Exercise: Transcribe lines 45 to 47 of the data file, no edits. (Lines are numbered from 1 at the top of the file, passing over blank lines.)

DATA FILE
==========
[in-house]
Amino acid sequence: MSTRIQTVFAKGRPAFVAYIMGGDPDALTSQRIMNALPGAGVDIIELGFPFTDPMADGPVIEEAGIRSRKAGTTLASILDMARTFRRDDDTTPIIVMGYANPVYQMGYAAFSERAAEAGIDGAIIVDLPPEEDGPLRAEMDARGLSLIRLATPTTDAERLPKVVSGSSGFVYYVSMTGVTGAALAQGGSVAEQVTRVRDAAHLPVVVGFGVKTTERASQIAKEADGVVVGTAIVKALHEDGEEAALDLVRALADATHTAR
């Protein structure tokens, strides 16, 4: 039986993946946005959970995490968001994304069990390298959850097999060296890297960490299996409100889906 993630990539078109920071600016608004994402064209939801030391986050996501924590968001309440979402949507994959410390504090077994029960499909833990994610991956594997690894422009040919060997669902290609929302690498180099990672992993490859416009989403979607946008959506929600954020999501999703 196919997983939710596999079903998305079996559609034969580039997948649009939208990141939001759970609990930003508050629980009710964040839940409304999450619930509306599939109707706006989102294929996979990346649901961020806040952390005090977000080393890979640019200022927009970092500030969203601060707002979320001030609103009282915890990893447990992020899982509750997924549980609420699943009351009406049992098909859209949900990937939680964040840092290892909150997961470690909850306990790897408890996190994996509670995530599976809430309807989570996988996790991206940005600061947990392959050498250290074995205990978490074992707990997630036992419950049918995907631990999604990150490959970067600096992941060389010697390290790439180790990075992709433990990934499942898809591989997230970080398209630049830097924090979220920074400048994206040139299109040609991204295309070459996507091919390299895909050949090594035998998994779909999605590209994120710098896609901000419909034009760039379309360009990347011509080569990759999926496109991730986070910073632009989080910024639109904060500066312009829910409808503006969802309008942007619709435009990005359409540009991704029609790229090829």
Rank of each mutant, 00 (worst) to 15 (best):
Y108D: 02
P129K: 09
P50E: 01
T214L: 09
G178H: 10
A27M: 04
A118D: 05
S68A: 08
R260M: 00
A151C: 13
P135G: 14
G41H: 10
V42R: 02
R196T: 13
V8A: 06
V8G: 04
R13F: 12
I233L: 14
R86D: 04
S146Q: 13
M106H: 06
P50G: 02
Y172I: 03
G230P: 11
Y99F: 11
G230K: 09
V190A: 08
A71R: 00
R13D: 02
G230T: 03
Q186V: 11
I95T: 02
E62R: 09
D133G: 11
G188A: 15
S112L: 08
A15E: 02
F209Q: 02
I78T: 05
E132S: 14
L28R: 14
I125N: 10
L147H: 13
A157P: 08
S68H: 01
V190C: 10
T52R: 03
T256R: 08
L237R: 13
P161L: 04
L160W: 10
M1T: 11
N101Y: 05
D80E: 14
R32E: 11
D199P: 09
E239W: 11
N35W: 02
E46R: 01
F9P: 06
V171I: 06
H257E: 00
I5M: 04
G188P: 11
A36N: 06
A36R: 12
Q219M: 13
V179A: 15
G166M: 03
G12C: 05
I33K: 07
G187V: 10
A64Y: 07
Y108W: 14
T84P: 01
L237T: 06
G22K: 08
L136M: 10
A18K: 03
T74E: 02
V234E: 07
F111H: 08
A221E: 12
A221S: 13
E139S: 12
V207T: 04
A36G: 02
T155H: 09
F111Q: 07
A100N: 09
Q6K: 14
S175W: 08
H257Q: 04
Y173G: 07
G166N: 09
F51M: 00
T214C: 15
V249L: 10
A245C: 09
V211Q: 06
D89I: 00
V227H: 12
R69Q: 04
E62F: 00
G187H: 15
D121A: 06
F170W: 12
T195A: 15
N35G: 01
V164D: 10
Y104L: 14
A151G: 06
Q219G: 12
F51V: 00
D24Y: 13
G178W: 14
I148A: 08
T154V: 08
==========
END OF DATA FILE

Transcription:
L28R: 14
I125N: 10
L147H: 13